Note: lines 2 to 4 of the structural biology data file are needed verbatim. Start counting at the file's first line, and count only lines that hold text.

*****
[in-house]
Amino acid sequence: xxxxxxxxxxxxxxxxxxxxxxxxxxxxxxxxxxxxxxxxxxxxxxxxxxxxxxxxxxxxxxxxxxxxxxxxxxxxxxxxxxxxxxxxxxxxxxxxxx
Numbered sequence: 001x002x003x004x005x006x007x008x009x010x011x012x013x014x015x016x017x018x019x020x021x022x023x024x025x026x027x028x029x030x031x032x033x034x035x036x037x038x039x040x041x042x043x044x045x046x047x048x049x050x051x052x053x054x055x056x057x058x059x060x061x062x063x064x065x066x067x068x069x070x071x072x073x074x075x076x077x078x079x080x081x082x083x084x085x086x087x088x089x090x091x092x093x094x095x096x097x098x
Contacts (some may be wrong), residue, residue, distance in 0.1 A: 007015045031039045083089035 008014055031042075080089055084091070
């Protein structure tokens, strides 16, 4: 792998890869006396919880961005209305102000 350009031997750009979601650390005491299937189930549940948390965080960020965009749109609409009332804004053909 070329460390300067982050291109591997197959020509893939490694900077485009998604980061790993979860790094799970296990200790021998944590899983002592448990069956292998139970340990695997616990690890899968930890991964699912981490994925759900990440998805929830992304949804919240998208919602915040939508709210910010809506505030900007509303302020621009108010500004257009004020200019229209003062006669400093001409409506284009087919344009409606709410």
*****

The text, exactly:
Amino acid sequence: xxxxxxxxxxxxxxxxxxxxxxxxxxxxxxxxxxxxxxxxxxxxxxxxxxxxxxxxxxxxxxxxxxxxxxxxxxxxxxxxxxxxxxxxxxxxxxxxxx
Numbered sequence: 001x002x003x004x005x006x007x008x009x010x011x012x013x014x015x016x017x018x019x020x021x022x023x024x025x026x027x028x029x030x031x032x033x034x035x036x037x038x039x040x041x042x043x044x045x046x047x048x049x050x051x052x053x054x055x056x057x058x059x060x061x062x063x064x065x066x067x068x069x070x071x072x073x074x075x076x077x078x079x080x081x082x083x084x085x086x087x088x089x090x091x092x093x094x095x096x097x098x
Contacts (some may be wrong), residue, residue, distance in 0.1 A: 007015045031039045083089035 008014055031042075080089055084091070